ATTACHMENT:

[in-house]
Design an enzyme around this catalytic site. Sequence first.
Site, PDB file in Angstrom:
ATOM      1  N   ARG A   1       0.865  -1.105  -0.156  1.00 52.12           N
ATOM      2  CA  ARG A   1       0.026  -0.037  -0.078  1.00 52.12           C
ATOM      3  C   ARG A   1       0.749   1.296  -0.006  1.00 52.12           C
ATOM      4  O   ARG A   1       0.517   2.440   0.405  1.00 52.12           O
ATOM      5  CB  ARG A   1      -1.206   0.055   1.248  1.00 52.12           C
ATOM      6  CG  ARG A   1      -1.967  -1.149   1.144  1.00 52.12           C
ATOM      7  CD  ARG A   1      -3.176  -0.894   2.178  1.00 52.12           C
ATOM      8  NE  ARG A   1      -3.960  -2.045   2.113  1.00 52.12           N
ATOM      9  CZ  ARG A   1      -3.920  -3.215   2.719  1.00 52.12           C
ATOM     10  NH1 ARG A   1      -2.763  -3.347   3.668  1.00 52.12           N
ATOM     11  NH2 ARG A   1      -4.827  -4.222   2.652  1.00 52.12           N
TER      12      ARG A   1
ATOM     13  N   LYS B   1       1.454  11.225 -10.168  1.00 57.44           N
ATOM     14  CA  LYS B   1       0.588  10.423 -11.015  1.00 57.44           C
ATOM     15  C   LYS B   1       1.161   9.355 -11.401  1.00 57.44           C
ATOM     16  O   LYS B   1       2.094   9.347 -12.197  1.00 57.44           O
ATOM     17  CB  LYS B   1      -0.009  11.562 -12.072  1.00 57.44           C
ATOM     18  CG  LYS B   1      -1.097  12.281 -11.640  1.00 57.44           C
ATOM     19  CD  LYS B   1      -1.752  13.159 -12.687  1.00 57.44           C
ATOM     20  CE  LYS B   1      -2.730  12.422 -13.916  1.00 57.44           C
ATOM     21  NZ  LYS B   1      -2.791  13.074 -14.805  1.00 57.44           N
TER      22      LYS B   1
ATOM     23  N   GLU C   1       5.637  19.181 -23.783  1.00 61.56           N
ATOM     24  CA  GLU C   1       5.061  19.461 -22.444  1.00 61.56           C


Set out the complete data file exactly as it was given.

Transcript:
[in-house]
Design an enzyme around this catalytic site. Sequence first.
Site, PDB file in Angstrom:
ATOM      1  N   ARG A   1       0.865  -1.105  -0.156  1.00 52.12           N
ATOM      2  CA  ARG A   1       0.026  -0.037  -0.078  1.00 52.12           C
ATOM      3  C   ARG A   1       0.749   1.296  -0.006  1.00 52.12           C
ATOM      4  O   ARG A   1       0.517   2.440   0.405  1.00 52.12           O
ATOM      5  CB  ARG A   1      -1.206   0.055   1.248  1.00 52.12           C
ATOM      6  CG  ARG A   1      -1.967  -1.149   1.144  1.00 52.12           C
ATOM      7  CD  ARG A   1      -3.176  -0.894   2.178  1.00 52.12           C
ATOM      8  NE  ARG A   1      -3.960  -2.045   2.113  1.00 52.12           N
ATOM      9  CZ  ARG A   1      -3.920  -3.215   2.719  1.00 52.12           C
ATOM     10  NH1 ARG A   1      -2.763  -3.347   3.668  1.00 52.12           N
ATOM     11  NH2 ARG A   1      -4.827  -4.222   2.652  1.00 52.12           N
TER      12      ARG A   1
ATOM     13  N   LYS B   1       1.454  11.225 -10.168  1.00 57.44           N
ATOM     14  CA  LYS B   1       0.588  10.423 -11.015  1.00 57.44           C
ATOM     15  C   LYS B   1       1.161   9.355 -11.401  1.00 57.44           C
ATOM     16  O   LYS B   1       2.094   9.347 -12.197  1.00 57.44           O
ATOM     17  CB  LYS B   1      -0.009  11.562 -12.072  1.00 57.44           C
ATOM     18  CG  LYS B   1      -1.097  12.281 -11.640  1.00 57.44           C
ATOM     19  CD  LYS B   1      -1.752  13.159 -12.687  1.00 57.44           C
ATOM     20  CE  LYS B   1      -2.730  12.422 -13.916  1.00 57.44           C
ATOM     21  NZ  LYS B   1      -2.791  13.074 -14.805  1.00 57.44           N
TER      22      LYS B   1
ATOM     23  N   GLU C   1       5.637  19.181 -23.783  1.00 61.56           N
ATOM     24  CA  GLU C   1       5.061  19.461 -22.444  1.00 61.56           C